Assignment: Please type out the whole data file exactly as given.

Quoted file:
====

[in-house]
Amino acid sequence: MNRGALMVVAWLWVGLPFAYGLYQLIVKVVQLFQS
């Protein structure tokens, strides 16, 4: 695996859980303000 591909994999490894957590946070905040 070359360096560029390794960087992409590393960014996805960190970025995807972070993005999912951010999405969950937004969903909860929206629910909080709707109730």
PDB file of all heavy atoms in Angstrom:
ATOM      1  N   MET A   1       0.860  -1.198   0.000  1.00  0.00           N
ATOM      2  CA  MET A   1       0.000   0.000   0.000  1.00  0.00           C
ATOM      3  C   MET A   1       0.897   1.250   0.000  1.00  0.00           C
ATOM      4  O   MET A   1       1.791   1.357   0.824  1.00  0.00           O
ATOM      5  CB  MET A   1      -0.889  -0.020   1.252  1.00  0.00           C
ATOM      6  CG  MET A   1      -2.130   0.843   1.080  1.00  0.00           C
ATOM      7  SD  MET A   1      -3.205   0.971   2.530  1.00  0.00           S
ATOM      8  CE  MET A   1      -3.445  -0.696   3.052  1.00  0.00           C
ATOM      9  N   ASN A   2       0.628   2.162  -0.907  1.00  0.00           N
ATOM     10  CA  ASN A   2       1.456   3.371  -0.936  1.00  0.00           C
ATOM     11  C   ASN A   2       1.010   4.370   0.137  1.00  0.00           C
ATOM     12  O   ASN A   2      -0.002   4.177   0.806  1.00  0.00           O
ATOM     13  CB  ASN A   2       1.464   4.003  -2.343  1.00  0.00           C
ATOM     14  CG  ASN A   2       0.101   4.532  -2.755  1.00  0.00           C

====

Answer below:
[in-house]
Amino acid sequence: MNRGALMVVAWLWVGLPFAYGLYQLIVKVVQLFQS
């Protein structure tokens, strides 16, 4: 695996859980303000 591909994999490894957590946070905040 070359360096560029390794960087992409590393960014996805960190970025995807972070993005999912951010999405969950937004969903909860929206629910909080709707109730």
PDB file of all heavy atoms in Angstrom:
ATOM      1  N   MET A   1       0.860  -1.198   0.000  1.00  0.00           N
ATOM      2  CA  MET A   1       0.000   0.000   0.000  1.00  0.00           C
ATOM      3  C   MET A   1       0.897   1.250   0.000  1.00  0.00           C
ATOM      4  O   MET A   1       1.791   1.357   0.824  1.00  0.00           O
ATOM      5  CB  MET A   1      -0.889  -0.020   1.252  1.00  0.00           C
ATOM      6  CG  MET A   1      -2.130   0.843   1.080  1.00  0.00           C
ATOM      7  SD  MET A   1      -3.205   0.971   2.530  1.00  0.00           S
ATOM      8  CE  MET A   1      -3.445  -0.696   3.052  1.00  0.00           C
ATOM      9  N   ASN A   2       0.628   2.162  -0.907  1.00  0.00           N
ATOM     10  CA  ASN A   2       1.456   3.371  -0.936  1.00  0.00           C
ATOM     11  C   ASN A   2       1.010   4.370   0.137  1.00  0.00           C
ATOM     12  O   ASN A   2      -0.002   4.177   0.806  1.00  0.00           O
ATOM     13  CB  ASN A   2       1.464   4.003  -2.343  1.00  0.00           C
ATOM     14  CG  ASN A   2       0.101   4.532  -2.755  1.00  0.00           C